- Risk avoidance
- Risk mitigation
- Risk transfer
- Risk acceptance
Risk avoidance involves actively assessing the proposed activity to see if the source of risk can be removed. Perhaps there’s another way to achieve the end result that doesn’t involve this particular risk. Perhaps you can augment the proposed method to eliminate the activity that introduces the risk. Consider all the possibilities that might remove the risky aspects of the plan and act on them. Risk avoidance is not a passive process, as much as it might sound that way.
Mitigation involves looking for tools, processes, policies, or activities that can lessen the likelihood of the undesired outcome. This harkens back to controls that support the pillars of the security program. Can we augment them? Can we shore them up with additional policies, augmented processes, or tools that more directly address the risk we are facing? If so, is the cost in alignment with the actual risk? Remember, we can make that computer a lot safer by taking it off the network, but is it still an efficient and useful tool?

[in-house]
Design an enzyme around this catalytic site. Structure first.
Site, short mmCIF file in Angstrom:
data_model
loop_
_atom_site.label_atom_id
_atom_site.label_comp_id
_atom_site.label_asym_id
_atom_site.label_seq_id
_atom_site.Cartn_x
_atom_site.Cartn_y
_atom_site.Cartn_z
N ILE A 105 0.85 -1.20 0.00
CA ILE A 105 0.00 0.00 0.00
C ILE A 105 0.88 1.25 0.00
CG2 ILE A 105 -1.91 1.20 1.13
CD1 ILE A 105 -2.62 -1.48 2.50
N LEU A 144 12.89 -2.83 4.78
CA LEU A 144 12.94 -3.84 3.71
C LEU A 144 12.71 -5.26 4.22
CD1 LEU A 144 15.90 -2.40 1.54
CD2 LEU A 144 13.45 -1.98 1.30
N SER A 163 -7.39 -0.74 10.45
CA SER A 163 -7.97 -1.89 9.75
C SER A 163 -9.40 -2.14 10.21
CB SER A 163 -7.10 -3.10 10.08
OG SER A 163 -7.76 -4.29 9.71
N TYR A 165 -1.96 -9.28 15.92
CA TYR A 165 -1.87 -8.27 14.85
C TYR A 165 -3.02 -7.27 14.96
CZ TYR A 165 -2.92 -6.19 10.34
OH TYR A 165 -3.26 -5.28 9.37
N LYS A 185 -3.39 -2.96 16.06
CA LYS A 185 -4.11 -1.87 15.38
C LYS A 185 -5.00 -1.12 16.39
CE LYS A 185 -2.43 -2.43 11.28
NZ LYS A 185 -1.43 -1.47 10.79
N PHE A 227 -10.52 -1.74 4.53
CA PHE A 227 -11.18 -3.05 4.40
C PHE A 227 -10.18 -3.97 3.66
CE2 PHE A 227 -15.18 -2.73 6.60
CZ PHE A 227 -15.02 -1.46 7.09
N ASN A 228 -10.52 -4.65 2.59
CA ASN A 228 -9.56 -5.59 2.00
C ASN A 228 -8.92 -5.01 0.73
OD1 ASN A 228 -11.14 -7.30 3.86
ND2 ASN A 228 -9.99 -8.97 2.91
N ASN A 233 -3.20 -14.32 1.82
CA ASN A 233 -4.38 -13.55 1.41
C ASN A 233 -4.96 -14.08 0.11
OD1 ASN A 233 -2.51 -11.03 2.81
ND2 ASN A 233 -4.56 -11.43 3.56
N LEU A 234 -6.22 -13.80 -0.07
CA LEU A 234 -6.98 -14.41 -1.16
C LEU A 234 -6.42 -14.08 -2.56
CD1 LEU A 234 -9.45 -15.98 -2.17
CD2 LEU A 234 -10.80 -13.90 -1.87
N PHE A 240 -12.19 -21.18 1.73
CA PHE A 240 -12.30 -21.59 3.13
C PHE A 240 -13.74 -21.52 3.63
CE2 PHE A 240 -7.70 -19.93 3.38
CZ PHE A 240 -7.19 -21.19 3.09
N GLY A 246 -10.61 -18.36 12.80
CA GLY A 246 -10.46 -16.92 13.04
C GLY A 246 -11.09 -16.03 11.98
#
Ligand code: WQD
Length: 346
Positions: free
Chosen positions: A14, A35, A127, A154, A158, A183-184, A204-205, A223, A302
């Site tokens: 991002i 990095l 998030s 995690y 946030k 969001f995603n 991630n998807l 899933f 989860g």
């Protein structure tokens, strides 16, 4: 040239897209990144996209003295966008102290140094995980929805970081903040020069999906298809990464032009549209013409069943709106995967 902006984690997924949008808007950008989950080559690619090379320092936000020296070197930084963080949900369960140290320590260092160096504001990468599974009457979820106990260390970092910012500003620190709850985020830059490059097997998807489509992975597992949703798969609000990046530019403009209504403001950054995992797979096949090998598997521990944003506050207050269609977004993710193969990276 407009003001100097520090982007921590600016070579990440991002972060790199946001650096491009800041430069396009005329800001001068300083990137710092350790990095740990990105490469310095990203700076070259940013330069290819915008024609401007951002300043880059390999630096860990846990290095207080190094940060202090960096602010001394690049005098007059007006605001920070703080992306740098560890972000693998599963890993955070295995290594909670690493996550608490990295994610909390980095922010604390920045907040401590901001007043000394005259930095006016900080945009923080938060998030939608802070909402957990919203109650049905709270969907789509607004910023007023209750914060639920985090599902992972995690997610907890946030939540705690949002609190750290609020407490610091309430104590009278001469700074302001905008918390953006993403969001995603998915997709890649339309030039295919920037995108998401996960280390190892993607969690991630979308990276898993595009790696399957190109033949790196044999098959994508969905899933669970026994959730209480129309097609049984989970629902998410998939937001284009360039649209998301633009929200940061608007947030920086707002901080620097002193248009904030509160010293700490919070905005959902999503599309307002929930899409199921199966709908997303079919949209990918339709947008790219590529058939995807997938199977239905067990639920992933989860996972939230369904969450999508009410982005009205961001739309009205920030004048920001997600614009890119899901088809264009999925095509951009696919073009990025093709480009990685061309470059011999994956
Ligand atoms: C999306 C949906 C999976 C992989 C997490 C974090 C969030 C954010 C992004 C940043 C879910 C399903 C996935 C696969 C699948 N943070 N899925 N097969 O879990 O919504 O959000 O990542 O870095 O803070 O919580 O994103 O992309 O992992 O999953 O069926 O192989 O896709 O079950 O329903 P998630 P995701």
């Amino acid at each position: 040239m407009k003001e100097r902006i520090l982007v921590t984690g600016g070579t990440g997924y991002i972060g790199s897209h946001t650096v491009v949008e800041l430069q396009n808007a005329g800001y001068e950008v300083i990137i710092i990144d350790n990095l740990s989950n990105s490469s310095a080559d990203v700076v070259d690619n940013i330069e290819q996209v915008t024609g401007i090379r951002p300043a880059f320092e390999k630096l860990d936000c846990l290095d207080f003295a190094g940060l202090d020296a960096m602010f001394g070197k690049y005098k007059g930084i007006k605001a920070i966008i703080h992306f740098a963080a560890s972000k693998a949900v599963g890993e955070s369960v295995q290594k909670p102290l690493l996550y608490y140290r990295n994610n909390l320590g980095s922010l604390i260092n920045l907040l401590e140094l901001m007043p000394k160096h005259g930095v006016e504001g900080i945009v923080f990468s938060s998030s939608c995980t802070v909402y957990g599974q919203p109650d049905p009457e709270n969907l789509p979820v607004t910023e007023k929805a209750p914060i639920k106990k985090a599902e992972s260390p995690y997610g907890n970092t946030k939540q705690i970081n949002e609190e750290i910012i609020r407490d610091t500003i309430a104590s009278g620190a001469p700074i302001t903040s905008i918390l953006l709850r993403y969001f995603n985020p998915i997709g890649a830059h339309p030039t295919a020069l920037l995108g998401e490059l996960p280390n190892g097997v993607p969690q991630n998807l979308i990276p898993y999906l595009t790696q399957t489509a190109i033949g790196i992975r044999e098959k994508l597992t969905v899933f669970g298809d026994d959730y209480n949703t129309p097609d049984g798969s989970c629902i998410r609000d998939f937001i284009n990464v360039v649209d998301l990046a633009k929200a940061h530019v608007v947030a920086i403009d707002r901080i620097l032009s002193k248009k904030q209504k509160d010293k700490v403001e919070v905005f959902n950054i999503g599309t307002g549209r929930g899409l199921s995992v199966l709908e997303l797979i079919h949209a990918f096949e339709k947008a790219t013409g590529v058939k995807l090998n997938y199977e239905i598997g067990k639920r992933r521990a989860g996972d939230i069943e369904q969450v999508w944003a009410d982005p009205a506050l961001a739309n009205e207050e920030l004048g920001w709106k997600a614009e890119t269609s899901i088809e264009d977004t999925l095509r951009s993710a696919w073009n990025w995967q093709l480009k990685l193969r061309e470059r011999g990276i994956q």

Risk transfer is the act of making someone else “responsible” for the undesired outcome related to the risk. Cyber insurance is the typical approach to this. If the damage from a ransomware attack is likely to be six million dollars, then get insurance against that and now the risk is transferred to the insurance company. There are other tools such as agreements related to indemnification or waivers of responsibility that can also transfer the risk out of the company’s purview.